South Asia and Beyond

Ukraine Operation: How And Why Russian Military Changed Tack

NEW DELHI: Russian President Vladimir Putin says the Ukraine operation is going according to plan. But when Russian troops entered the neighbouring country on February 24 and the days that followed, the Russian military was not its usual self. But the troops changed strategy soon after, as Lt Gen Shokin Chauhan (Retd), who has exercised with Russian troops when he was commander of 1 Corps, says. He spoke to StratNews Global Editor-in-Chief Nitin A. Gokhale on ‘The Gist’.

TRANSCRIPT:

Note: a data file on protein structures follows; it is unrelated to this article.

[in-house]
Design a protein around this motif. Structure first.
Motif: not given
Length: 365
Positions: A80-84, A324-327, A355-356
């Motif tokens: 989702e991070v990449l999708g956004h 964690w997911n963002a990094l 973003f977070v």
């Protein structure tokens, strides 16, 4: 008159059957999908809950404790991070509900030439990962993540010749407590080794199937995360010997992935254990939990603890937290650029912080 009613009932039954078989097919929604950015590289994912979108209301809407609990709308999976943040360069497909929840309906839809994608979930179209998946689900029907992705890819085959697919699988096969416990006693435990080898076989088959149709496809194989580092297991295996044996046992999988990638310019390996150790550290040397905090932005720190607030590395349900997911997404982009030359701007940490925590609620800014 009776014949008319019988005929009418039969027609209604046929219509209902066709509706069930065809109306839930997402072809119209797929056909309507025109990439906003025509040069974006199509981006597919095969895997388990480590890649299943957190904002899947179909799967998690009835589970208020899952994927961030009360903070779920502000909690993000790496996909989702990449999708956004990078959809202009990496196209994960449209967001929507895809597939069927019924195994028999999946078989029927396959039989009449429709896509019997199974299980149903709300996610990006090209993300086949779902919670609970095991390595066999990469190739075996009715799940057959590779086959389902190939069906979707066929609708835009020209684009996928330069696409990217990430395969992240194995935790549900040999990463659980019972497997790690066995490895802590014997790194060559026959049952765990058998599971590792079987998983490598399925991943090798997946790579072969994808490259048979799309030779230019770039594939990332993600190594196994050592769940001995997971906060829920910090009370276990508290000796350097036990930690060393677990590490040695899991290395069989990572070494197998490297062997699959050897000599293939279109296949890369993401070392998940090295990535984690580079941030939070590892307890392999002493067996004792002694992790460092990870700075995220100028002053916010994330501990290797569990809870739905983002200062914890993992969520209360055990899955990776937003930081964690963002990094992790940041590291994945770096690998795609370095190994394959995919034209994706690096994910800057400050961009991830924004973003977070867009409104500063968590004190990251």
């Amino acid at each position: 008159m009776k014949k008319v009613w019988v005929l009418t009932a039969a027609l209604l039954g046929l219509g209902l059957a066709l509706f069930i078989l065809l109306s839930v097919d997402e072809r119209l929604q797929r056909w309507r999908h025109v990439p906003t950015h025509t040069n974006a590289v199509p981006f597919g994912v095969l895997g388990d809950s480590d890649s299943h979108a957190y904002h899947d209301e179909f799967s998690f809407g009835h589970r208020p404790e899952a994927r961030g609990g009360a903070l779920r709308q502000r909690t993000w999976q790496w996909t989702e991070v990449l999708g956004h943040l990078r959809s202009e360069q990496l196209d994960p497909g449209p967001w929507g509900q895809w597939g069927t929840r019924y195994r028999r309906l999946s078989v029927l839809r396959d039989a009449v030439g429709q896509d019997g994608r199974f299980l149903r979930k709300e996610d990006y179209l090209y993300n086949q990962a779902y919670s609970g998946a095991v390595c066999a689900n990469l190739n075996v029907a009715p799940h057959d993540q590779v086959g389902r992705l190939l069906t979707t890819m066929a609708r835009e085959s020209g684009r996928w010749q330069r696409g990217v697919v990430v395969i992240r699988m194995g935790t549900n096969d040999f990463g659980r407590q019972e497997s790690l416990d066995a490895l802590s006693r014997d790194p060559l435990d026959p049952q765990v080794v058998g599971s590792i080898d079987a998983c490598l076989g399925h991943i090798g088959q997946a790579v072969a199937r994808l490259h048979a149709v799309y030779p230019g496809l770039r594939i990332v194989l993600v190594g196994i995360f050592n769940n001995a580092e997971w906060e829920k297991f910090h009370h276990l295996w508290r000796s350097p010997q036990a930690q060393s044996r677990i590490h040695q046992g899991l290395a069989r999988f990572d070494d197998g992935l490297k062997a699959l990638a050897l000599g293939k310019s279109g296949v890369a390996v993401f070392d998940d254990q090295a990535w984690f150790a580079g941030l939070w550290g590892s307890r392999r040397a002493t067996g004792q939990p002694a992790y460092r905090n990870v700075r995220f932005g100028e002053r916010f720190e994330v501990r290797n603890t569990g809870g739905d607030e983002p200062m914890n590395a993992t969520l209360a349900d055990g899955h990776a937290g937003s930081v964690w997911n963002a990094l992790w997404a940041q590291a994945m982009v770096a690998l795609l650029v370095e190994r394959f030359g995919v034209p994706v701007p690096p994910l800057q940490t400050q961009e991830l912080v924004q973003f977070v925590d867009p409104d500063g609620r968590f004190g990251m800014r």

Having actually seen the Russian general operate with me, there are two things I noticed that they do. One is they use overwhelming force. They do not hesitate in the use of artillery and missiles. And they use very large and very, very overwhelming force of artillery. I have noticed that in this particular operation, they’re not using that mainly because of the kind of destruction that they might do to Ukraine. So probably they’ve been told at the highest level that reduce the destruction because what they did from the 24th to 28th (February) was not really the way Russia fights war. But from the first (of March) onwards, you would notice a larger use of standoff weapons, a larger use of them targeting certain government buildings and probably a larger number of people dying. Because it’s not that the Ukrainian resistance was great. It’s just that they realised that maybe they’ve were being slowed down. The issue about them being slowed down has been talked about so much that maybe they didn’t do so well. I would go to the other point, in the first four days, and it’s just four days, it’s too short for any nation to think that they can do any kind of regime change. Surely they are being realistic and they are realistic people.

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